Designation of Critical Habitat

A) Not Be Prudent to Designate

Under the ESA, the Services may decline to designate critical habitat when designation would not be in the interest of species protection (i.e., directing the Secretary to designate critical habitat for listed species concurrent with listing “to the maximum extent prudent and determinable”). This “not prudent” standard has been typically viewed as applying when the designation would not be beneficial to the species or is otherwise counterproductive. While generally preserving these exceptions, the revised regulation is permissive rather than mandatory, and expands the circumstances under which designation could be excused. These circumstances now include the designation of areas within U.S. jurisdiction that would provide only negligible conservation value to a species that occurs primarily outside the jurisdiction of the United States or where threats to the species stem solely from causes that cannot be addressed by management actions identified through Section 7 consultations.

The FWS notes that it still requires consideration of the applicable science in making a “not prudent” determination and does not broaden FWS’ authority to consider factors other than those contemplated by the statute. It also notes that “not prudent” determinations would likely be rare and are distinct from the “exclusion” analysis under Section 4(b)(2), where the FWS can exclude an area from critical habitat when the benefits of exclusion outweigh the benefits of inclusion.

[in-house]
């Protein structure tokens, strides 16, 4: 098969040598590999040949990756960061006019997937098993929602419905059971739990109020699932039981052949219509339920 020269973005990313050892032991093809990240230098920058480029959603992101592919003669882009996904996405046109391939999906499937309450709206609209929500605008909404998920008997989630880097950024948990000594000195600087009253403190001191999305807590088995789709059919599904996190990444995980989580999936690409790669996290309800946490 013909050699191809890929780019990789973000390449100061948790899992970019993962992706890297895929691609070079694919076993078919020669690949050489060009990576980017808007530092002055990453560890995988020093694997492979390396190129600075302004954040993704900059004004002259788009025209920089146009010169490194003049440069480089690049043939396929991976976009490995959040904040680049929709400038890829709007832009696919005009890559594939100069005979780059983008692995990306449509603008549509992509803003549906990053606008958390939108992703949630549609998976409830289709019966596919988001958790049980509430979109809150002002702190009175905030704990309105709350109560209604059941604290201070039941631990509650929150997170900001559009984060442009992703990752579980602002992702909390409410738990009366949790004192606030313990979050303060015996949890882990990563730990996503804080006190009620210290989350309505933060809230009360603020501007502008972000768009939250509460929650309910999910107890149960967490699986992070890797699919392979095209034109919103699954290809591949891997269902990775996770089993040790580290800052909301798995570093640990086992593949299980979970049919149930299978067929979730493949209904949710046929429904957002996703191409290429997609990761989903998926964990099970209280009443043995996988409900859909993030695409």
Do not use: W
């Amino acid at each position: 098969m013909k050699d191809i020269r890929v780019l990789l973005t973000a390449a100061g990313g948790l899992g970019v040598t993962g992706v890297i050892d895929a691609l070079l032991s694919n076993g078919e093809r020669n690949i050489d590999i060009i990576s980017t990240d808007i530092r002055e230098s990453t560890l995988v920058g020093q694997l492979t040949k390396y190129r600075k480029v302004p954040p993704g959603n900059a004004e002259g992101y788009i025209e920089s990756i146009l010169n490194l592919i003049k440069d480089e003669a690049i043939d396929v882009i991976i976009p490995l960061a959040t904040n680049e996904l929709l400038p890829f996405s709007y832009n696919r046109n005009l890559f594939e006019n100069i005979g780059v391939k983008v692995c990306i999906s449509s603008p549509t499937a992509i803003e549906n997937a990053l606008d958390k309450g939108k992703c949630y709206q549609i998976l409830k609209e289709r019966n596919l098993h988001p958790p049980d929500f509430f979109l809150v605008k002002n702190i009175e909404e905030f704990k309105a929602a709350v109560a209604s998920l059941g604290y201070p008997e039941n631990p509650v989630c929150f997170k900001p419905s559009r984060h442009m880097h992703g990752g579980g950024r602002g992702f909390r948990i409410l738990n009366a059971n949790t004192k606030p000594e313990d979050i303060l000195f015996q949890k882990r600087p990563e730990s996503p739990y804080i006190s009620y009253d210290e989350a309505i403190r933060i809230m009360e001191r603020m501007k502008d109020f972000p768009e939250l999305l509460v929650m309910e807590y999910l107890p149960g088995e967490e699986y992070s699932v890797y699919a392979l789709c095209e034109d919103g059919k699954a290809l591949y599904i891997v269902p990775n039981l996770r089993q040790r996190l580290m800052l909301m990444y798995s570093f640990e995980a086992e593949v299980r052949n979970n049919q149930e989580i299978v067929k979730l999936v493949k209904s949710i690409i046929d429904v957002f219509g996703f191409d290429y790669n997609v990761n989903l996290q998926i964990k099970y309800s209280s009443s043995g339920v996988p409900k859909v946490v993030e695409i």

B) Unoccupied Critical Habitat

The FWS also adopted new regulatory language which reflects the Supreme Court’s Weyerhaeuser Co. v. U.S. FWS, 139 S. Ct. 361 (2018) ruling which limits the designation of unoccupied habitat as critical habitat. Grappling with the essential meaning of “habitat,” the FWS now requires that an unoccupied area must be “essential for the conservation of the species,” meaning that “there is a reasonable certainty both that the area will contribute to the conservation of the species and that the area contains one or more of those physical or biological features essential to the conservation of the species.”